Year-long Program: Games, Decisions, Risk and Reliability (GDRR)
- Working Group I: Reliability for Infrastructure and Transportation, (Leaders: Fabrizio Ruggeri and Melike Baykal-Gursoy)
- Working Group II: Cybersecurity, (Leaders: David Rios Insua and Vicky Bier)
- Working Group III: National Security, (Leaders: Jun Zhuang and Alyson Wilson)
- Working Group IV: Games and Decisions in Finance Risk Management, (Leaders: Tao Pang and Nalini Ravishanker)
- Working Group V: Healthcare Risk Assessment (e.g., frauds), (Leaders: Tahir Ekin)
- Working Group VI: Computational Methods (stochastic and optimization) in Games and Decisions, (Leaders: Refik Soyer and Andrew Belmonte)
- Working Group VII: Adversarial Risk Analysis, (Leaders: David Banks and David Rios Insua)
- Working Group VIII: Machine Learning in Risk Analysis, (Leaders: Ernest Fokoue and Bowei Xi )
- Working Group IX: Computational Advertising, (Leader: David Banks)
Fall Semester 2019: Program on Deep Learning
- Working Group I: Bayesian Methods in Deep Learning and Architecture Search, (Leader: David Dunson)
- Working Group II: Interpretable Deep Networks, (Leader: Cynthia Rudin)
- Working Group III: Deep Learning for Dimension Reduction, (Leader: Xiuyuan Cheng)
- Working Group IV: Novel Applications, (Leader: Martin Mohlenkamp)
- Working Group V: Teaching Deep Learning, (Leader: David Banks)
- Working Group VI: Statistical Optimality, (Leader: Guang Cheng)
- Working Group VII: Uncertainty Quantification for Deep Models, (Leader: Anindya Bhadra)
- Working Group VIII: Regularization Techniques for Training Deep Networks , (Leader: Sorin Mitran)
Spring Semester 2020: Program on Causal Inference
- Working Group I: Machine Learning Methods for Causal Inference, (Leader: Jason Poulos)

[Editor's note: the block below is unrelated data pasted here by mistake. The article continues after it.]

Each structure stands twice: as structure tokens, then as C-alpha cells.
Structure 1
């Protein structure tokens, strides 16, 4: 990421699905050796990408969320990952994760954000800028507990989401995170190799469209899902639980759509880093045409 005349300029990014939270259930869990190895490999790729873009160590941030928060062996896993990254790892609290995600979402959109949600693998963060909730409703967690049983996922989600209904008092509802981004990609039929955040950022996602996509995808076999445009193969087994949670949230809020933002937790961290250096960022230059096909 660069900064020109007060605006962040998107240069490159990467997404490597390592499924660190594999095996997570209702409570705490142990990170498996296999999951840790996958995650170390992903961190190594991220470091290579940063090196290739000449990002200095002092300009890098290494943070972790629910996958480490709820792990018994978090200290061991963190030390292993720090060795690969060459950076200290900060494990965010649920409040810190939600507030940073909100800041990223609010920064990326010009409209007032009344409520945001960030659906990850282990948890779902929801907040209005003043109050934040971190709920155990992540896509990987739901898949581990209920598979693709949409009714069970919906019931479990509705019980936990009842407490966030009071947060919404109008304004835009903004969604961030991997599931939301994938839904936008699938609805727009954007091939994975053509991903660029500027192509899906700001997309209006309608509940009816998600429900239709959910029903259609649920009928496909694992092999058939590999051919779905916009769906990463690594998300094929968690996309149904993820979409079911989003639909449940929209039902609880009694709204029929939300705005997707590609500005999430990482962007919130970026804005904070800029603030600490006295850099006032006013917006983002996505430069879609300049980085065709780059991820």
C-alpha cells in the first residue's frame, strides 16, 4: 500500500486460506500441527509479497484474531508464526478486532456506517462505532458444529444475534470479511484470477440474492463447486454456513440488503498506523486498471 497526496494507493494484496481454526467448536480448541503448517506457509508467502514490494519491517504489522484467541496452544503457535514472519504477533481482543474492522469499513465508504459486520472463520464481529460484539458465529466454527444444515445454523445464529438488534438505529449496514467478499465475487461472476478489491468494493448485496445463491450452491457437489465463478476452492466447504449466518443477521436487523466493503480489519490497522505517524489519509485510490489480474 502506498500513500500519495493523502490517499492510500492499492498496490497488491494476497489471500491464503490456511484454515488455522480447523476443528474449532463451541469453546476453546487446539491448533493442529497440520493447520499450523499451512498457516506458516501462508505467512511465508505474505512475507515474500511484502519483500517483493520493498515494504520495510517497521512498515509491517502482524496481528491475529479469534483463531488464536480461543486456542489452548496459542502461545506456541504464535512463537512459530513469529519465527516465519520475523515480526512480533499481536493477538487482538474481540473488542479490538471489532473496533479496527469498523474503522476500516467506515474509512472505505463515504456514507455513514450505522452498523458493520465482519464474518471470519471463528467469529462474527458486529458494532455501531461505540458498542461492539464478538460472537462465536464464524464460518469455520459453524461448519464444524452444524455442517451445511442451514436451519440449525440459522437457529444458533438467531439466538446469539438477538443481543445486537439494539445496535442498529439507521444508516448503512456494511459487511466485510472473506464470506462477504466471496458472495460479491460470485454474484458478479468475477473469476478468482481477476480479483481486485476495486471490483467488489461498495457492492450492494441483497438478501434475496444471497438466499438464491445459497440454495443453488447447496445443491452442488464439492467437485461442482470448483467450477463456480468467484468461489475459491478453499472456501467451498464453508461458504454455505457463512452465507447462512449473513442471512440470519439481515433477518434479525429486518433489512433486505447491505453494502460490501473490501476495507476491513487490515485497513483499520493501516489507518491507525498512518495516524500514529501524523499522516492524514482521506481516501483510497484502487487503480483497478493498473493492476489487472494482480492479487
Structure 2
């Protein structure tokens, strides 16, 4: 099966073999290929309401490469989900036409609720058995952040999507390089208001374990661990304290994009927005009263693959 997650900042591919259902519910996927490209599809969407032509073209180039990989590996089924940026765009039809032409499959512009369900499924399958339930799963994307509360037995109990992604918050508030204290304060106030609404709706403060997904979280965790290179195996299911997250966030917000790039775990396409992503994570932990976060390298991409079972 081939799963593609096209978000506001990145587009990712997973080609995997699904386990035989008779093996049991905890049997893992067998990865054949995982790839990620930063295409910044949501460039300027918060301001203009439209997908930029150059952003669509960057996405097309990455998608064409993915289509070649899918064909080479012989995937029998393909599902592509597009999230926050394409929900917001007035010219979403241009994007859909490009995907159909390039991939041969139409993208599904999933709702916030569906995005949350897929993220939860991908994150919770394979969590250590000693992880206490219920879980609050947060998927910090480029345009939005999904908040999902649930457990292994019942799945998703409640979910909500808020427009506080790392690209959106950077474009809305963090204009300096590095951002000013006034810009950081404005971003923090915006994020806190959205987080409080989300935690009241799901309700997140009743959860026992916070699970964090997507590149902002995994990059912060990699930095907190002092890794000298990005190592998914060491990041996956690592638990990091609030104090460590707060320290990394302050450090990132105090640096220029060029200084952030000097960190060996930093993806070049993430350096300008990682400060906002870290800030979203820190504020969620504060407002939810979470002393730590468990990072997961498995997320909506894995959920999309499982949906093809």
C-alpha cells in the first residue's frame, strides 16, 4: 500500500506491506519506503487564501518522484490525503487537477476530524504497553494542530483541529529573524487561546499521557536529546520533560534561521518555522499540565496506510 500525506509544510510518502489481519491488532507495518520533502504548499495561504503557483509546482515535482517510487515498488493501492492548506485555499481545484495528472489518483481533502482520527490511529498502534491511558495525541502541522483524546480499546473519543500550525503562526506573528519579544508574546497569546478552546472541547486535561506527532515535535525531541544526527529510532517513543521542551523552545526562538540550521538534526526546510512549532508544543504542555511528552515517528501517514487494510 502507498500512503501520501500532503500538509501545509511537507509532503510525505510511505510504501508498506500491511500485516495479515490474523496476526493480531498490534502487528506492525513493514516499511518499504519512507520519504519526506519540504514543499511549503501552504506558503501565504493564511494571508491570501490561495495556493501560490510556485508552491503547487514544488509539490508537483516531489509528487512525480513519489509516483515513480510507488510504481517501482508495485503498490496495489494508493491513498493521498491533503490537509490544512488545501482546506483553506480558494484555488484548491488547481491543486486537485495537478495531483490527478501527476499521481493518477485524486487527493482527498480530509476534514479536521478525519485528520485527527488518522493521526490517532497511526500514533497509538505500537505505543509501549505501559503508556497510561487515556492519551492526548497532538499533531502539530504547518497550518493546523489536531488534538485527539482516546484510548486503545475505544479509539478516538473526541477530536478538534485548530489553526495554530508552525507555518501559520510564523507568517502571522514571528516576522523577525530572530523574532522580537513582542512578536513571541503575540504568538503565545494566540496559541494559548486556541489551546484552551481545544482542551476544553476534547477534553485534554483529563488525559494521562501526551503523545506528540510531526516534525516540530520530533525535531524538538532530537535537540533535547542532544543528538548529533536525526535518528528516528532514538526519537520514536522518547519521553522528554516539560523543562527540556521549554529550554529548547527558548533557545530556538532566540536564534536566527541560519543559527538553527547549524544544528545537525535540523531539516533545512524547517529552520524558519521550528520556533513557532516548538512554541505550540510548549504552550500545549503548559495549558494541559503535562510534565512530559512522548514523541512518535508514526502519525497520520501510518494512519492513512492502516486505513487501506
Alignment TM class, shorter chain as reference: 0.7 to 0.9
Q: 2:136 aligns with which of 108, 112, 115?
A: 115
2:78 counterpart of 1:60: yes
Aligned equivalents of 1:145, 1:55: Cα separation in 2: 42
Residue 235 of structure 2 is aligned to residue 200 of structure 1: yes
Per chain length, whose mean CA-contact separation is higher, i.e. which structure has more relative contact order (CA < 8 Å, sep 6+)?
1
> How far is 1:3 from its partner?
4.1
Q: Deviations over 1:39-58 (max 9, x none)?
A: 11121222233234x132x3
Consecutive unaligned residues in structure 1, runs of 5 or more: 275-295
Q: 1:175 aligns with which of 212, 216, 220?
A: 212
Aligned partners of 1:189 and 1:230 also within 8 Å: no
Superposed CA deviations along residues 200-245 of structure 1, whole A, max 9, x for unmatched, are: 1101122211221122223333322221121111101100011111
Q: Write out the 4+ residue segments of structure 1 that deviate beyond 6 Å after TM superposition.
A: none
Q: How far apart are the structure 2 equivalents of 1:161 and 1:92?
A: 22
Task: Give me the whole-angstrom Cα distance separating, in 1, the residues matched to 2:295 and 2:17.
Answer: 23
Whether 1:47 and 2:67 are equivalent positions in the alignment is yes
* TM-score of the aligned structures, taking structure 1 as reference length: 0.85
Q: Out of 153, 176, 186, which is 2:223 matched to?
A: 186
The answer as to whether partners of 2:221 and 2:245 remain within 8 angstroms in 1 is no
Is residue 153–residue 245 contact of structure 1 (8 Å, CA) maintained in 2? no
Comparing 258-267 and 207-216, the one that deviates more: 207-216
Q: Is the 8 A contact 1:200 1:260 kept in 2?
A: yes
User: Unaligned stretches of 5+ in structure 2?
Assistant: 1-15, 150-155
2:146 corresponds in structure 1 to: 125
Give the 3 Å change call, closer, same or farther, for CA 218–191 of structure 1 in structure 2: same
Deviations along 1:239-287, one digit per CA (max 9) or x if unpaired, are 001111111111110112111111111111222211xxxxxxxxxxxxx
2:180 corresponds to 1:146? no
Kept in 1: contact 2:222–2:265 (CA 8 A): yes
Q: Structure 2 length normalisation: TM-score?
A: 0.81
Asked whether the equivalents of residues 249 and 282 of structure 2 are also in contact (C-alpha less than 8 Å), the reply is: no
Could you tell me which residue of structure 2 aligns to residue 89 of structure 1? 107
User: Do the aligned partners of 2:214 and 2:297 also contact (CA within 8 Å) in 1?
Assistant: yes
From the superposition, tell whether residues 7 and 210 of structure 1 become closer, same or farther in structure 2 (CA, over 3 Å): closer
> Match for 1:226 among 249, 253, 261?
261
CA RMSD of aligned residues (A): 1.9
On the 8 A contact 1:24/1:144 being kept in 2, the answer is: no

- Working Group II: Causal Discovery, (Leader: IIya Shpitser)
- Working Group III: Interference, (Leader: Michael Hudgens)
- Working Group IV: Computational Social Science, (Leaders: Alex Volfovsky and Tierney Graham)
- Working Group V: Causal Inference Methods for Pragmatic Trials, (Leader: Fan Li)
- Working Group VI: Dynamic Treatment Regime, (Leader: Qingyuan Zhao)
- Working Group VII: Missing Data, (Leader: Shu Yang)
- Working Group VIII: Bayesian Causal Inference, (Leader: Fan Li)
- Working Group IX: Instrumental Variables and Natural Experiments, (Leaders: Luke Keele and Jason Poulos)
- Working Group X: Bridging Theory and Practice for Causal Inference, (Leader: Amy Nail)
Program on Statistical, Mathematical, and Computational Methods for Precision Medicine (PMED)
|Working Group||Group Leaders|
|Sequential Decision Making (observational data)||Working Group Leaders: Dan Lizotte (University of Western Ontario) and Erica Moodie (McGill University)
Subgroup (formerly WG6): Andrew Roberts (Cerner Corp.)Description: The objective was to develop and apply methodology for supporting sequential decision-making to observational data derived from patient care. The focus was to use electronic health record data to derive sequential diagnostic and treatment strategies, particularly for diseases that entail substantial burden and that are sometimes difficult to distinguish from similar conditions.
|Observational Microbiome||Working Group Leader: Li Ma (Duke University)
Description: The “microbiome” group studied and developed models and methods for effective analysis of microbiome data in the context of predicting health outcomes and inferring the underlying biological processes. Some problems to be investigated include modeling the latent structure in compositional data, integrating microbiome data with other “-omics” data, and modeling dynamics of microbiome data.
|mHealth||Working Group Leader: Rumi Chunara (New York University)
Description: The agile nature of mobile tools (spanning but not limited to phones, wearables, online media) generates new opportunity for both dynamic treatment, and dynamic observation opportunities in health. Simultaneously there are statistical challenges around these new data and interventions including the observational nature of captured data, dynamic and opt-in sampling frames, and appropriate spatial and temporal features from the data. This working group worked with experts and those interested in working with mobile health tools across statistical, computational and health domains.
|Neural Networks in Biomedicine||Working Group Leader: Michael Mayhew (Inflammatix)